I can't remember the last time I watched "Meet the Press." And now I know why. It's awful.
David Gregory, the moderator of the show, I used to think was a cut above the kind of corporate beltway reporter we've grown accustomed to the last several decades -- glib, superficial, completely lacking compassion for or understanding of people who have no bargaining power at work, whose job keeps him or her from homelessness and whose paycheck keeps shrinking. But I see no difference between David Gregory and any other facile shit bird who provides political opinions for the television networks. His interview of Obama, who was competent and singularly unfiery, was peppered with petulant insinuations that the fiscal cliff impasse was somehow the fault of the White House. Why? Because in the end -- this is what I gleaned from watching the round table discussion following the interview -- it's all about results. And if there are no results then the president cannot avoid responsibility because the president is afterall the president. This is what qualifies as expert analysis on the world's longest running television show. The round table consensus, kicked off by David Brooks, is that Obama is to blame, really, because he has not gone out of his way to engage all Republican points of view. This is known as false equivalence. The corporate media treats both parties as equally culpable. Finally Doris Kearns Goodwin chimed in that Obama tried the "inside game" before and it didn't work; that's why he's going over the heads of congressional leadership now.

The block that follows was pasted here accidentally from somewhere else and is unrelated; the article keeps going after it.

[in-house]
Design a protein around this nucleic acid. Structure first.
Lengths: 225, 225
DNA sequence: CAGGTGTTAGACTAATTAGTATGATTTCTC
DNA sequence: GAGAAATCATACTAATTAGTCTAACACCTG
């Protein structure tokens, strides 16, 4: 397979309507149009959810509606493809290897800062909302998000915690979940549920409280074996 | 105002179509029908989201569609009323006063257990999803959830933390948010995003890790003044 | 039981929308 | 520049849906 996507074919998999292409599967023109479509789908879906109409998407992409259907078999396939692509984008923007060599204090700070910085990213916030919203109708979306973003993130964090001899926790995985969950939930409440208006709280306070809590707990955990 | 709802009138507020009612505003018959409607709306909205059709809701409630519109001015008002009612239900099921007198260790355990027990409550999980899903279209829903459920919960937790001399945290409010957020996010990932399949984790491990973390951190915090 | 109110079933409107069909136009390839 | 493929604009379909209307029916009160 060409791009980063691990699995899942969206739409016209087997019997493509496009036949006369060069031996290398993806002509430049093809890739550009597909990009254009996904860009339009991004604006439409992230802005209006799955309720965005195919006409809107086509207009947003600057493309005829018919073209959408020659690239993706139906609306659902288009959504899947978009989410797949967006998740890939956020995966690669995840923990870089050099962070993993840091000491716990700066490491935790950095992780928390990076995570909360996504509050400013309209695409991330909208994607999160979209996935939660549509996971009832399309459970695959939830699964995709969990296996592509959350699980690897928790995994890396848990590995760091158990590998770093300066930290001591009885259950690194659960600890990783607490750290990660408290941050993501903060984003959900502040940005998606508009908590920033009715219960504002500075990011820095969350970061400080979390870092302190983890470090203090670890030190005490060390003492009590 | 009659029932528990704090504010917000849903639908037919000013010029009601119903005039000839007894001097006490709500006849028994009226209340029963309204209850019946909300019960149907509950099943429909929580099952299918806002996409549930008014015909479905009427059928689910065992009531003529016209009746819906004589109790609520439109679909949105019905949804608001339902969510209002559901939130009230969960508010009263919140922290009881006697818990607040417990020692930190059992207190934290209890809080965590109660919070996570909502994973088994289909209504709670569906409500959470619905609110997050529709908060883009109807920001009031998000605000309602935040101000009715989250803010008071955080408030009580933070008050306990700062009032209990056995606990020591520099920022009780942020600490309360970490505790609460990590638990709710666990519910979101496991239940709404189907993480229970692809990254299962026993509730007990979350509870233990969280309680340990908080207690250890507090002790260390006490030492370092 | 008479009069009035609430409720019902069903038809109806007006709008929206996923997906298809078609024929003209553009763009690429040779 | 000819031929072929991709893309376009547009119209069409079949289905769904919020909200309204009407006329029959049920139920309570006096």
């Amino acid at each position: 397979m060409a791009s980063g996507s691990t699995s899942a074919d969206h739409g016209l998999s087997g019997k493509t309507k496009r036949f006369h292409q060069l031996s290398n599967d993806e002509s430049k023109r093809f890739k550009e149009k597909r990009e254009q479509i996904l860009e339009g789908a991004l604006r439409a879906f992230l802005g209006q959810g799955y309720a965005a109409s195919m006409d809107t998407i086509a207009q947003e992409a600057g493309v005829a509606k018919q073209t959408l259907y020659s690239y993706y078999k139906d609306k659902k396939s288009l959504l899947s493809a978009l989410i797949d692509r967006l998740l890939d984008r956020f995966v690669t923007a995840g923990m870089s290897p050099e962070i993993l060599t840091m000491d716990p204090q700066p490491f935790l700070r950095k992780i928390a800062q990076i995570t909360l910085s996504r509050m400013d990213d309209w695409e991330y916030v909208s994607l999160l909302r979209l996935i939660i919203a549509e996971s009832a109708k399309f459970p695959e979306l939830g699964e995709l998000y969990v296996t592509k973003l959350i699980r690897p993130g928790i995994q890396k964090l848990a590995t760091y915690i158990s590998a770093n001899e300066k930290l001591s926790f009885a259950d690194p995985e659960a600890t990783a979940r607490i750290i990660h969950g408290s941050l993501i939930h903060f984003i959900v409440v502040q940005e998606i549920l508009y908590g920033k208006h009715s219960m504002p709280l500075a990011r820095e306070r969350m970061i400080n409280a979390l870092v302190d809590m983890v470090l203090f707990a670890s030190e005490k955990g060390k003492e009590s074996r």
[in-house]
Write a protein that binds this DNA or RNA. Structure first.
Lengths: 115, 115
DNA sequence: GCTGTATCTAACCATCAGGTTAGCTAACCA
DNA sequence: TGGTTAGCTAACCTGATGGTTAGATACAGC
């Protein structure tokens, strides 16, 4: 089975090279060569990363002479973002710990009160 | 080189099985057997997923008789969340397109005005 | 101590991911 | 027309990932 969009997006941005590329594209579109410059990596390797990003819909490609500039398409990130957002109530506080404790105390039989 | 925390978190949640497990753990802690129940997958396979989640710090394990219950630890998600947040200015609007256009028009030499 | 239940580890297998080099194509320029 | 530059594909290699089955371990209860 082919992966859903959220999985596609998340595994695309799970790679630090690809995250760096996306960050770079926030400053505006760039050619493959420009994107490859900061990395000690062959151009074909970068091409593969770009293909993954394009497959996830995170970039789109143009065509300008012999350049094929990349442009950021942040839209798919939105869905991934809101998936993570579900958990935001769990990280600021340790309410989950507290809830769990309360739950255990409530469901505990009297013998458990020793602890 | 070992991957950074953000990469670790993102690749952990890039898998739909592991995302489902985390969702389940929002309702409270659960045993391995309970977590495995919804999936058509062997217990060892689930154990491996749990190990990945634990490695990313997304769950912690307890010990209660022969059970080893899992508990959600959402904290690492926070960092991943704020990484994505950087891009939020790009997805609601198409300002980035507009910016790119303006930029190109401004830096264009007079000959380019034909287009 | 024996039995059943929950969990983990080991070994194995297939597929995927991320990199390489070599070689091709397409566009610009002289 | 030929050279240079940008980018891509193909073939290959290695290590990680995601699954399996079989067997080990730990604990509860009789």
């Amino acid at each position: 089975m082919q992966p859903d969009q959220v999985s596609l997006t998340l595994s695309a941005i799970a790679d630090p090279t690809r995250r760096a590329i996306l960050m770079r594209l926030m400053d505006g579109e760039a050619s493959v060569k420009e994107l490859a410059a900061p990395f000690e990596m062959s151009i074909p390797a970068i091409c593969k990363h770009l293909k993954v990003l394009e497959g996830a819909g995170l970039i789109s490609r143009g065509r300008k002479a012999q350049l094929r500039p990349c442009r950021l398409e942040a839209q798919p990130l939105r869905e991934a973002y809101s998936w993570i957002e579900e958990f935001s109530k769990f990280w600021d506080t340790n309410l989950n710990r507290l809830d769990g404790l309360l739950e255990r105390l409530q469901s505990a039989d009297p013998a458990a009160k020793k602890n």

The point is that we're a democracy. (We must try to believe this.) In democracies elections are supposed to matter. Obama won a historic election.The GOP lost -- Romney lost the presidential election; the Senate stayed Democrat despite ample predictions of a change in the majority; and while the GOP maintained control of the House, it lost seats there too. Republicans refuse to acknowledge this, and this denial is sending us over the cliff. In a democracy elections must matter.
At least Obama did a solid job explaining where we're at with two days left of the year. Either the Senate will cobble together a deal by this afternoon that both parties can agree on or Harry Reid will bring to a vote tomorrow a continuation of the Bush tax cuts for those who earn under $250,000 a year. Republicans must decide if their gerrymandering can keep them safe from voter wrath.